Pictures can sometimes lie. But at other times they can be astonishingly revelatory. On Tuesday, Nepal and China signed three separate agreements on upgrade of Arniko Highway, exploration for oil and gas and inviting private Chinese investment to Nepal. The Chinese side was also reportedly positive about reopening the Tatopani border point with Tibet that has been closed since the 2015 earthquakes. Yet, in the photo-op at the end of the signing ceremony, representatives of both sides looked glum. Widespread loss of life and property in the recent floods in Tarai-Madhes had clearly distracted them. In a way, it turned out to be the worst possible time for Chinese Vice Premier of the State Council, Wang Yang, to come to Nepal. At the last minute, as a token gesture, the Chinese side announced US $1 million in immediate post-flood help. But Nepal also has a lot to learn from China on flood-control. As Al Jazeera recently reported, in 1931, floods along the Yellow River are believed to have killed as many as 400,000 people. China has since made concerted effort to minimize flood damages. By the 1950s the annual flood-related deaths had fallen to around 8,500; by 2000, in a population of 1.3 billion, only around 1,500 people were dying from floods annually.
The Chinese managed to drastically reduce their flood-related deaths due to their strategic dam-building efforts. Every monsoon floods and landslides in Nepal result in disproportionately large number of deaths and destruction of properties. With the world’s attention now trained on Nepal’s submerged plains, now would be the perfect time to ask for Chinese help to build better dams and dykes on our rivers. Before Vice Premier Wang, Indian Minister of External Affairs Sushma Swaraj was in town. We are not sure if Nepal government raised the issue of inundation of Nepali territories through unilateral embankment construction on the Indian side of the border. Or how time has come to replace the ageing Koshi Barrage. Of how the two countries need to work closely to control floods and inundations in their respective territories. Recent floods have affected not just Nepal; nearly two million people have been affected just across the border in the Indian state of Bihar. Every monsoon, politicians in Nepal accuse India of inundating Nepali territories, while their counterparts in India’s Bihar and UP reflexively blame upstream Nepal of not doing enough to control its rivers. If they are serious about the welfare of their people, the two sides should sit down and work out a mutually-agreeable arrangement for flood control.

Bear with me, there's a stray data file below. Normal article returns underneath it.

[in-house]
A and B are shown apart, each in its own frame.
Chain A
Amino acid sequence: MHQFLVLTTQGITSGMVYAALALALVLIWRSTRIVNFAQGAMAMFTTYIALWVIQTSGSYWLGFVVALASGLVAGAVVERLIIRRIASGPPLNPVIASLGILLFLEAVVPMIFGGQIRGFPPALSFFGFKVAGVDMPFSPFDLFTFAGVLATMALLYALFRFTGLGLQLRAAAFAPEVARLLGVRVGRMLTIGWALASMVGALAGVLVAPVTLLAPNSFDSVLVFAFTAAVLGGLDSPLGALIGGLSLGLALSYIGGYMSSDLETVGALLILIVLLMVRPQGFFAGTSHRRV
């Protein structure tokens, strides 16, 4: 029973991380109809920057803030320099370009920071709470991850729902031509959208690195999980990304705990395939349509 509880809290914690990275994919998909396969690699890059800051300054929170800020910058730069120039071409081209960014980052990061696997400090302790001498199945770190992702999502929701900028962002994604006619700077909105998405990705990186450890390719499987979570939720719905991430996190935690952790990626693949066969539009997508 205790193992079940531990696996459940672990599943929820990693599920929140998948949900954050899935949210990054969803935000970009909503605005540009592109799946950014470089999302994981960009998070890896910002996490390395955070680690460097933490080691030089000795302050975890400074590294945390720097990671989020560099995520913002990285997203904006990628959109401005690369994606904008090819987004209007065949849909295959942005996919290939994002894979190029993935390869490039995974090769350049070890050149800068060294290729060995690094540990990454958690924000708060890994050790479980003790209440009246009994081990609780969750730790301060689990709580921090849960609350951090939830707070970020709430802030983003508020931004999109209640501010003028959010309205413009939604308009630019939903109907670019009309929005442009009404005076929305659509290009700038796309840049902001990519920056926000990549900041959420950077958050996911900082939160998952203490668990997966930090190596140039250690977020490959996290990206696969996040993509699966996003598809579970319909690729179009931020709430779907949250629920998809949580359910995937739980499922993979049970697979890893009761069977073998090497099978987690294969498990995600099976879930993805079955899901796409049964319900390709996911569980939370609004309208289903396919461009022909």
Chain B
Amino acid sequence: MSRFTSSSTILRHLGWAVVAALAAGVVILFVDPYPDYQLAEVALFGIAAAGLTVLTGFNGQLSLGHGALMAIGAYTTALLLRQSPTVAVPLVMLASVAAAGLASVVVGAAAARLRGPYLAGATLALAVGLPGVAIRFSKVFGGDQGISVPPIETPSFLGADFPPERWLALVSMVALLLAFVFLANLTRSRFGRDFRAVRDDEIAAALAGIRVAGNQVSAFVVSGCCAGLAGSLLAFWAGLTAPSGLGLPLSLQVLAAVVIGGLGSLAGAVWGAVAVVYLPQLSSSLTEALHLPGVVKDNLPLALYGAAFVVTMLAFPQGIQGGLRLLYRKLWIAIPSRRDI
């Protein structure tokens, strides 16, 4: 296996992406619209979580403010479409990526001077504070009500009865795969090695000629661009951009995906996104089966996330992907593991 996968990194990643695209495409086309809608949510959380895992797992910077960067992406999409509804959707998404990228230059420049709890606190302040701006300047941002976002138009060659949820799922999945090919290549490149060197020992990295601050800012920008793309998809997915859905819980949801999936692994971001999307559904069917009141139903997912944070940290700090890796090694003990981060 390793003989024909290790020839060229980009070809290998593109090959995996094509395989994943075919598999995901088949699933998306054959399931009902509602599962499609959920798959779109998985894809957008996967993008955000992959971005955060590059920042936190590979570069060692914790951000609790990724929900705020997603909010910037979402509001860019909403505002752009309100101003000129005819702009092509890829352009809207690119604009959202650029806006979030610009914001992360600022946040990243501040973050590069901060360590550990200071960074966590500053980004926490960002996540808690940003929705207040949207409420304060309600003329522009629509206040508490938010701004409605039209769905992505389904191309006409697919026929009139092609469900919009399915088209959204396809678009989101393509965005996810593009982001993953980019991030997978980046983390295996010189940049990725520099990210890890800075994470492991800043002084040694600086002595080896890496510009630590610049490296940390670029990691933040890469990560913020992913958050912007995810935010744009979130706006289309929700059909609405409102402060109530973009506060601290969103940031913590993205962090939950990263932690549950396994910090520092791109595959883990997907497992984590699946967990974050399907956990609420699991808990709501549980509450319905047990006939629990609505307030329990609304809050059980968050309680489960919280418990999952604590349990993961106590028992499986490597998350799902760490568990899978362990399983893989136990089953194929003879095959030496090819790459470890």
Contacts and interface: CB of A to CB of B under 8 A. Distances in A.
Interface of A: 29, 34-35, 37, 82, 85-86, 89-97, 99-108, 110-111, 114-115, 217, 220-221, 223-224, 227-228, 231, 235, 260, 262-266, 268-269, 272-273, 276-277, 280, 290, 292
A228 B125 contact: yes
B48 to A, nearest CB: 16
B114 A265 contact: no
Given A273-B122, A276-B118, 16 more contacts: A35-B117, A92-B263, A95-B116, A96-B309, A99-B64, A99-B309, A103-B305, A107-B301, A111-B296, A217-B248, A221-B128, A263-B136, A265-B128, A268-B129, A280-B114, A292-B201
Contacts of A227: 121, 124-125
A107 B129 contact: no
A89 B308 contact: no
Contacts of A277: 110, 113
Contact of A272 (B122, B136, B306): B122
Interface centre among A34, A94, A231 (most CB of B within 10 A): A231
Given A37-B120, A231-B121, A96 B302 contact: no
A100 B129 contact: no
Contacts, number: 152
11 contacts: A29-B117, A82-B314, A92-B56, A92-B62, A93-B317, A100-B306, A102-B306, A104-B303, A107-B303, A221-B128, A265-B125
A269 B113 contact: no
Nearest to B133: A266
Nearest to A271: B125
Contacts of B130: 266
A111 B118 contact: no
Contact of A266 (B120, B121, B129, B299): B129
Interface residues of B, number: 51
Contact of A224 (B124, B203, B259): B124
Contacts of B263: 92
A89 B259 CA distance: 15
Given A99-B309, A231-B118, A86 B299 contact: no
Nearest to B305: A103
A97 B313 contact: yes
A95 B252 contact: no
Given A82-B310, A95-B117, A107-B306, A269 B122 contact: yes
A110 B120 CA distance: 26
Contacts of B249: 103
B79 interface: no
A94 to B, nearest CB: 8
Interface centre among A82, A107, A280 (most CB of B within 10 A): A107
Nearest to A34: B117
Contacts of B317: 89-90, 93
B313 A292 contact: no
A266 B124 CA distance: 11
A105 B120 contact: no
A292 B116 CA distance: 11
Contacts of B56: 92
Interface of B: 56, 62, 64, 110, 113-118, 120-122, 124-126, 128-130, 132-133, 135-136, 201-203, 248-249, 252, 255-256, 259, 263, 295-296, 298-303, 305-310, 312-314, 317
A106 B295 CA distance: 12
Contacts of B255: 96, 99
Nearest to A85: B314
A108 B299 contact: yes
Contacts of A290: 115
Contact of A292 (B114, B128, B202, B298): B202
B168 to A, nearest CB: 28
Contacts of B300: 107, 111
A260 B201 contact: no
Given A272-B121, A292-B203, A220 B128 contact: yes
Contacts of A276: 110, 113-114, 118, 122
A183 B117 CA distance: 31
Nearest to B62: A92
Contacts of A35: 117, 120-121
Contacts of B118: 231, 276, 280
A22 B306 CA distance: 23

Recent studies have established a clear link between global warning and unpredictable weather patterns in this part of the world. The countries in the region as such have no option but to work together to mitigate the dangers, for, increasingly, Nepal’s climate-related problems are also India’s and China’s. Geostrategic rivalry between India and China has taken center-stage of late, with small countries like Nepal having to carefully balance the influence of the two rising global powers. Climate is one area where reason dictates that all countries in the region cooperate. We thus hope that Nepal strongly raises climate-related issues in its future bilateral and multilateral dealings and tries to engage India and China more on common climate-related risks.